Now, if I were to write a novel about an Asian girl who talks softly but takes robotic classes in the summer and plays the violin, I would be accused of writing a clichéd character. I understand that. And yet…there are Asians who do those things and they are just as real as Asians who do not engage in those activities. So, if I write about a young woman of Asian descent, do I need to studiously make her do the opposite of these real-life counterparts? Have a bad attitude, talk back to her parents and watch MTV instead of studying—just for the sake of not being cliched? I get that this can be refreshing to some extent. But to do it for the sake of just not being regulat seems as contrived and unrealistic as a cliché.
I suppose I could have taken the characters as they appeared in my mind and changed things around. Curtis could have been a poor, grumpy Elder’s Quorum President. Ed could have been a lonely ultra-orthodox conservative. Stephanie could have been a middle-aged woman with depression instead of a young mother. That sounds like an interesting story. But it wouldn’t be my story. I can only write about what I know and what I can imagine. One well-known author/agent/editor/publisher says emphatically that we don’t want to portray regular people in books—we should emphasize the eccentric and show what peopled don’t know.
I understand that. But in theatre, success of characterization is measured by the degree to which an actor or director takes an ordinary person and gives them depth and a credible emotional life. In fact, if one is playing an eccentric character, most actors will try to tone down the eccentricities, or at least ground them in a realistic emotional context. The highest praise for most actors or directors would be that they showed new emotional layers in an otherwise ordinary, common, regular character.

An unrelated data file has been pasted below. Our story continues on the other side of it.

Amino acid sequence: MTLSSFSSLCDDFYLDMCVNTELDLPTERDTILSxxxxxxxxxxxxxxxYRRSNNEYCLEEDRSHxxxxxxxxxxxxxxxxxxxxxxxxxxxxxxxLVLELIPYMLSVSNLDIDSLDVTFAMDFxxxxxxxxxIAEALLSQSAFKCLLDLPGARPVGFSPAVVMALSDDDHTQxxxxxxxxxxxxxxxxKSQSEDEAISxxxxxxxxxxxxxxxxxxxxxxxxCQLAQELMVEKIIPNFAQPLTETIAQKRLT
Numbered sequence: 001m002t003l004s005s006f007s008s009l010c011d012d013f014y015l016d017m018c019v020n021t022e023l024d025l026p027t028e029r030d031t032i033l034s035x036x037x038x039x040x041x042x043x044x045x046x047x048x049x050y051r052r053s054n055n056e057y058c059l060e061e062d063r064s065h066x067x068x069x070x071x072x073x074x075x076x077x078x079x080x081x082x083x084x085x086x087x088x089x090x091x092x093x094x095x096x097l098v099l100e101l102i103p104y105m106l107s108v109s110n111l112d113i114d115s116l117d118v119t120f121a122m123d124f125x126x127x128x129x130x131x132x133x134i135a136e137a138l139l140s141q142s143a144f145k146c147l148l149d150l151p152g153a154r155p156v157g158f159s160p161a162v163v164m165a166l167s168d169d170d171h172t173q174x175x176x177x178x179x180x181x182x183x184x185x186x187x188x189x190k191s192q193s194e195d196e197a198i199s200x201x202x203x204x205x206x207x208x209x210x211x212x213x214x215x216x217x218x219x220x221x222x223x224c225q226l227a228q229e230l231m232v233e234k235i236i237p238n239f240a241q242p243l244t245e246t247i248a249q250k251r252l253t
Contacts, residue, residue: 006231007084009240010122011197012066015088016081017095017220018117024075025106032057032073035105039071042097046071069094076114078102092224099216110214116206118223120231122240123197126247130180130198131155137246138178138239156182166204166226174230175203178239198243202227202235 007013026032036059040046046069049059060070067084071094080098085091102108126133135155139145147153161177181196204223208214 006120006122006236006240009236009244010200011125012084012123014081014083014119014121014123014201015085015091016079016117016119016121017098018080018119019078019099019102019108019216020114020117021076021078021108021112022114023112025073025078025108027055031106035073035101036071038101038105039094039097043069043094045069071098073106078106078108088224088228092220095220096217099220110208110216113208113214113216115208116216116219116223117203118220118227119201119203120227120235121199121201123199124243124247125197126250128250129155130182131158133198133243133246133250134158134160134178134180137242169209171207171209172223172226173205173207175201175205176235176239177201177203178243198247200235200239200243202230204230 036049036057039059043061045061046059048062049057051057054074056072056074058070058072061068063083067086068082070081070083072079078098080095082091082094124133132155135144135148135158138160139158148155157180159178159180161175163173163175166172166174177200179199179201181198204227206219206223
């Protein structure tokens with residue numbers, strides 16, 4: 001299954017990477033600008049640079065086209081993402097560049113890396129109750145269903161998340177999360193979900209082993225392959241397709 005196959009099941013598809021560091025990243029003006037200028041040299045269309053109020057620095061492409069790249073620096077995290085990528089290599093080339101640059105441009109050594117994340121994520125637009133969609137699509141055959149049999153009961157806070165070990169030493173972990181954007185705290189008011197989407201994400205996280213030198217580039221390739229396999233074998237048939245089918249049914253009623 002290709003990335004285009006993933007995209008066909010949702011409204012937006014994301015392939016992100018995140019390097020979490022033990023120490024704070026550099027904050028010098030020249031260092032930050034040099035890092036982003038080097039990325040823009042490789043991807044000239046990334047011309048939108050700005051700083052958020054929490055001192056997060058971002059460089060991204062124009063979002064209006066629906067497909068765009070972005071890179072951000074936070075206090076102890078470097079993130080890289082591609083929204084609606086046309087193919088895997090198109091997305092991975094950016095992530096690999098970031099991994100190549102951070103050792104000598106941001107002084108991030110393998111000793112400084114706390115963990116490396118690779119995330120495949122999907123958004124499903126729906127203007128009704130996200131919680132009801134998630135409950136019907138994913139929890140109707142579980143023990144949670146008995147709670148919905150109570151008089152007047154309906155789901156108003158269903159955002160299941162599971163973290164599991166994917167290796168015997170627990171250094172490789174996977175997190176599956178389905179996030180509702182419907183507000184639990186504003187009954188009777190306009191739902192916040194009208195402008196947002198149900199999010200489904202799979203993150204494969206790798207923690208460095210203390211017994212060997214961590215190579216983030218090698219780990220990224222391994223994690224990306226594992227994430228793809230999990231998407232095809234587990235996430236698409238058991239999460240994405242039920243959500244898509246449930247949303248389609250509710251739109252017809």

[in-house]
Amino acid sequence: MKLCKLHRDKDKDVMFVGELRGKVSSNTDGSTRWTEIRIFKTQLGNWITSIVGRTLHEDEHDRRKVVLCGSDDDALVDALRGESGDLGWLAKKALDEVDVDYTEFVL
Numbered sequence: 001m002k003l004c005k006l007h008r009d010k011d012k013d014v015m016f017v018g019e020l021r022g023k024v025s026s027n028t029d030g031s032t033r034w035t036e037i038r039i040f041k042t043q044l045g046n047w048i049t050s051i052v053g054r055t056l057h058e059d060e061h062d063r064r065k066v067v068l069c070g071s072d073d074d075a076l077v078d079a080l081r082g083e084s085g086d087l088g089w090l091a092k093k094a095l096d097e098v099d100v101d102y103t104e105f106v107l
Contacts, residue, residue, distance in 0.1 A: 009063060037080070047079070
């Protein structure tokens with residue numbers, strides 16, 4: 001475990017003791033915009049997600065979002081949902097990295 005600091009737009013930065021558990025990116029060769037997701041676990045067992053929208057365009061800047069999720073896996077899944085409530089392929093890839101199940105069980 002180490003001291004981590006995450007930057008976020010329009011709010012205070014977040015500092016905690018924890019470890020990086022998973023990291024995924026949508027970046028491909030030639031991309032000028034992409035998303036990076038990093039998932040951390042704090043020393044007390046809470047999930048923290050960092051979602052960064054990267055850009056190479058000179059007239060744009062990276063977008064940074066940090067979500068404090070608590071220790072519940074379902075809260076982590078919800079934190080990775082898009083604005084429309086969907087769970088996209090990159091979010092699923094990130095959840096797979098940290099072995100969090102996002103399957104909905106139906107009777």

That’s what I tried to do with The Road Show. Whether or not I succeeded is an open question, and one that every reader can answer for his or herself.
Part of what I hoped to accomplish with The Road Show was to take characters that were readily recognizable in Mormon circles and lift the curtains on their lives a bit. I hoped to open the reader’s heart and help see beyond the obvious.
That is one of the great revelations that comes with being a bishop. Ordinary, average people come to you and suddenly you see that they are struggling with terrible problems and burdens. It may be a cliché that someone struggles with pornography or depression, but it is not a cliché to that person as they experience it first-hand with all the human drama that comes along with it. When a human is suffering they are anything but average, anything but cliched.
My goal was to start with recognizable types, clichés if you want, and hopefully help the reader see that there was a real person there. The idea being that in real life, I think we look at people and quickly assess them and then assign them into our own clichés. He’s a liberal, she’s a conservative, he’s unorthodox, she’s uptight—without realizing that the human emotions they have make them living, dimensional people.
The extent to which I succeed is clearly a matter for individual readers to decide. But I maintain that the goal itself is worthy. That's the kind of LDS fiction I want to write--it's the only kind that interests me.
Ok, does this post make me sound defensive? :)
I am getting behind lately! It's summertime but the livin' is not easy. Or at least not mellow.
There have been two more reviews of The Road Show. Cami Checketts and Patty Ann Pitterle were both kind enough review it. You can read Cami's review here and Patty Ann's here.